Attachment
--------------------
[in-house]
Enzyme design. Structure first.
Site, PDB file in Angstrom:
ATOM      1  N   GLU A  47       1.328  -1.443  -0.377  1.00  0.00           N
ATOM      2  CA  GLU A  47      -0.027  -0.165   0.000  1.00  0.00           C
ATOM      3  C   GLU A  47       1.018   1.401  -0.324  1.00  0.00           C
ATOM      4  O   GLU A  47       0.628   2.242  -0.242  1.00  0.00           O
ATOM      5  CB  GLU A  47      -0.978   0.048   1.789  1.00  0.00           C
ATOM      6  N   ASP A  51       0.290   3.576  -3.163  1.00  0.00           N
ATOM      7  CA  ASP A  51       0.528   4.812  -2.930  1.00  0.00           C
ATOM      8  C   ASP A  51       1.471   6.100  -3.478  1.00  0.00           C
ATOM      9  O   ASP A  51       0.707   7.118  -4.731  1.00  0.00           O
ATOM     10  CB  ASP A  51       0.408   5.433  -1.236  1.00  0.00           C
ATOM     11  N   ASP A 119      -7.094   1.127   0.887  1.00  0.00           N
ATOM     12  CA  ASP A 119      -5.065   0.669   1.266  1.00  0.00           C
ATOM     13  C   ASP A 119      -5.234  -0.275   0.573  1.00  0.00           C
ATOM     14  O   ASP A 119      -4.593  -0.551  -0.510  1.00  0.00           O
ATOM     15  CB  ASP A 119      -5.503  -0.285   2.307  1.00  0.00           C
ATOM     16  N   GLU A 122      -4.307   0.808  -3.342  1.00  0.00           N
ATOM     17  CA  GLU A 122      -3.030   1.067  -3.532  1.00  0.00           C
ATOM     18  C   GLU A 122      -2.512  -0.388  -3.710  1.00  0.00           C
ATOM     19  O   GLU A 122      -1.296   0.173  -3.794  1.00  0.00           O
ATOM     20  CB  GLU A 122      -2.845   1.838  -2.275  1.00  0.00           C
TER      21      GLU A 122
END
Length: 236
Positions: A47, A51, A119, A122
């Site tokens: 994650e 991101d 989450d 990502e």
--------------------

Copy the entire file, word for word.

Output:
[in-house]
Enzyme design. Structure first.
Site, PDB file in Angstrom:
ATOM      1  N   GLU A  47       1.328  -1.443  -0.377  1.00  0.00           N
ATOM      2  CA  GLU A  47      -0.027  -0.165   0.000  1.00  0.00           C
ATOM      3  C   GLU A  47       1.018   1.401  -0.324  1.00  0.00           C
ATOM      4  O   GLU A  47       0.628   2.242  -0.242  1.00  0.00           O
ATOM      5  CB  GLU A  47      -0.978   0.048   1.789  1.00  0.00           C
ATOM      6  N   ASP A  51       0.290   3.576  -3.163  1.00  0.00           N
ATOM      7  CA  ASP A  51       0.528   4.812  -2.930  1.00  0.00           C
ATOM      8  C   ASP A  51       1.471   6.100  -3.478  1.00  0.00           C
ATOM      9  O   ASP A  51       0.707   7.118  -4.731  1.00  0.00           O
ATOM     10  CB  ASP A  51       0.408   5.433  -1.236  1.00  0.00           C
ATOM     11  N   ASP A 119      -7.094   1.127   0.887  1.00  0.00           N
ATOM     12  CA  ASP A 119      -5.065   0.669   1.266  1.00  0.00           C
ATOM     13  C   ASP A 119      -5.234  -0.275   0.573  1.00  0.00           C
ATOM     14  O   ASP A 119      -4.593  -0.551  -0.510  1.00  0.00           O
ATOM     15  CB  ASP A 119      -5.503  -0.285   2.307  1.00  0.00           C
ATOM     16  N   GLU A 122      -4.307   0.808  -3.342  1.00  0.00           N
ATOM     17  CA  GLU A 122      -3.030   1.067  -3.532  1.00  0.00           C
ATOM     18  C   GLU A 122      -2.512  -0.388  -3.710  1.00  0.00           C
ATOM     19  O   GLU A 122      -1.296   0.173  -3.794  1.00  0.00           O
ATOM     20  CB  GLU A 122      -2.845   1.838  -2.275  1.00  0.00           C
TER      21      GLU A 122
END
Length: 236
Positions: A47, A51, A119, A122
């Site tokens: 994650e 991101d 989450d 990502e």